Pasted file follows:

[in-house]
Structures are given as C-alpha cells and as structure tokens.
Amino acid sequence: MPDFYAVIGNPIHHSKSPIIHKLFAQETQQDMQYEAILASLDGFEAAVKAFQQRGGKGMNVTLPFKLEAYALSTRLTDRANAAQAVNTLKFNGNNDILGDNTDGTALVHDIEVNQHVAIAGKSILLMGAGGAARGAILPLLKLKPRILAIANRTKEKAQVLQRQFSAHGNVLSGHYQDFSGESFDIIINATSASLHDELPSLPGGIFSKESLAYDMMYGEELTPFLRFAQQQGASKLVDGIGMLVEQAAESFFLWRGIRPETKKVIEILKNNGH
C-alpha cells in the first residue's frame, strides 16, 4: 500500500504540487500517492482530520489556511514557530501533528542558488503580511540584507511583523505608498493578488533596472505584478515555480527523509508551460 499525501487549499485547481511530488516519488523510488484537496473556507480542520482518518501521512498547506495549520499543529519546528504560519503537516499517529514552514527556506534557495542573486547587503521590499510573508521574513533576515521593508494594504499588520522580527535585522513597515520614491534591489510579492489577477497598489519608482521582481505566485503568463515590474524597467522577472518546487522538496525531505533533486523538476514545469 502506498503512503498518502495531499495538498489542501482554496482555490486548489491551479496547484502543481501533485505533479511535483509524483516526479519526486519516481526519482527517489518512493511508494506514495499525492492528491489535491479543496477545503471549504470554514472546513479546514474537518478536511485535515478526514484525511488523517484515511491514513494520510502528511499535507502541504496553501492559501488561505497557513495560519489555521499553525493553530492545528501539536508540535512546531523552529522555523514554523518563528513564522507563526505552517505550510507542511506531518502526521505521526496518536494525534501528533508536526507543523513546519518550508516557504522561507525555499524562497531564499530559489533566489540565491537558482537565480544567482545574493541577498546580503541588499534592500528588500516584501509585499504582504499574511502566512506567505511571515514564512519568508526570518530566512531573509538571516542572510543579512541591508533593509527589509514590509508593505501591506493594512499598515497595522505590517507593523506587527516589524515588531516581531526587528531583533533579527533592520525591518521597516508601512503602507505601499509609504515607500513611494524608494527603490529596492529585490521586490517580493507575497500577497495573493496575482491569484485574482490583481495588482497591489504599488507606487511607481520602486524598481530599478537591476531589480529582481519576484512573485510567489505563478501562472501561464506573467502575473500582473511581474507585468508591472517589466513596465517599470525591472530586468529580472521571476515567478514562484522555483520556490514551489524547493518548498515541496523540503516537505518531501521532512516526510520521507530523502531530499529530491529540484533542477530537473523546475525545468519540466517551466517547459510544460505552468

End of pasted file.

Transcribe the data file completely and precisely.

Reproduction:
[in-house]
Structures are given as C-alpha cells and as structure tokens.
Amino acid sequence: MPDFYAVIGNPIHHSKSPIIHKLFAQETQQDMQYEAILASLDGFEAAVKAFQQRGGKGMNVTLPFKLEAYALSTRLTDRANAAQAVNTLKFNGNNDILGDNTDGTALVHDIEVNQHVAIAGKSILLMGAGGAARGAILPLLKLKPRILAIANRTKEKAQVLQRQFSAHGNVLSGHYQDFSGESFDIIINATSASLHDELPSLPGGIFSKESLAYDMMYGEELTPFLRFAQQQGASKLVDGIGMLVEQAAESFFLWRGIRPETKKVIEILKNNGH
C-alpha cells in the first residue's frame, strides 16, 4: 500500500504540487500517492482530520489556511514557530501533528542558488503580511540584507511583523505608498493578488533596472505584478515555480527523509508551460 499525501487549499485547481511530488516519488523510488484537496473556507480542520482518518501521512498547506495549520499543529519546528504560519503537516499517529514552514527556506534557495542573486547587503521590499510573508521574513533576515521593508494594504499588520522580527535585522513597515520614491534591489510579492489577477497598489519608482521582481505566485503568463515590474524597467522577472518546487522538496525531505533533486523538476514545469 502506498503512503498518502495531499495538498489542501482554496482555490486548489491551479496547484502543481501533485505533479511535483509524483516526479519526486519516481526519482527517489518512493511508494506514495499525492492528491489535491479543496477545503471549504470554514472546513479546514474537518478536511485535515478526514484525511488523517484515511491514513494520510502528511499535507502541504496553501492559501488561505497557513495560519489555521499553525493553530492545528501539536508540535512546531523552529522555523514554523518563528513564522507563526505552517505550510507542511506531518502526521505521526496518536494525534501528533508536526507543523513546519518550508516557504522561507525555499524562497531564499530559489533566489540565491537558482537565480544567482545574493541577498546580503541588499534592500528588500516584501509585499504582504499574511502566512506567505511571515514564512519568508526570518530566512531573509538571516542572510543579512541591508533593509527589509514590509508593505501591506493594512499598515497595522505590517507593523506587527516589524515588531516581531526587528531583533533579527533592520525591518521597516508601512503602507505601499509609504515607500513611494524608494527603490529596492529585490521586490517580493507575497500577497495573493496575482491569484485574482490583481495588482497591489504599488507606487511607481520602486524598481530599478537591476531589480529582481519576484512573485510567489505563478501562472501561464506573467502575473500582473511581474507585468508591472517589466513596465517599470525591472530586468529580472521571476515567478514562484522555483520556490514551489524547493518548498515541496523540503516537505518531501521532512516526510520521507530523502531530499529530491529540484533542477530537473523546475525545468519540466517551466517547459510544460505552468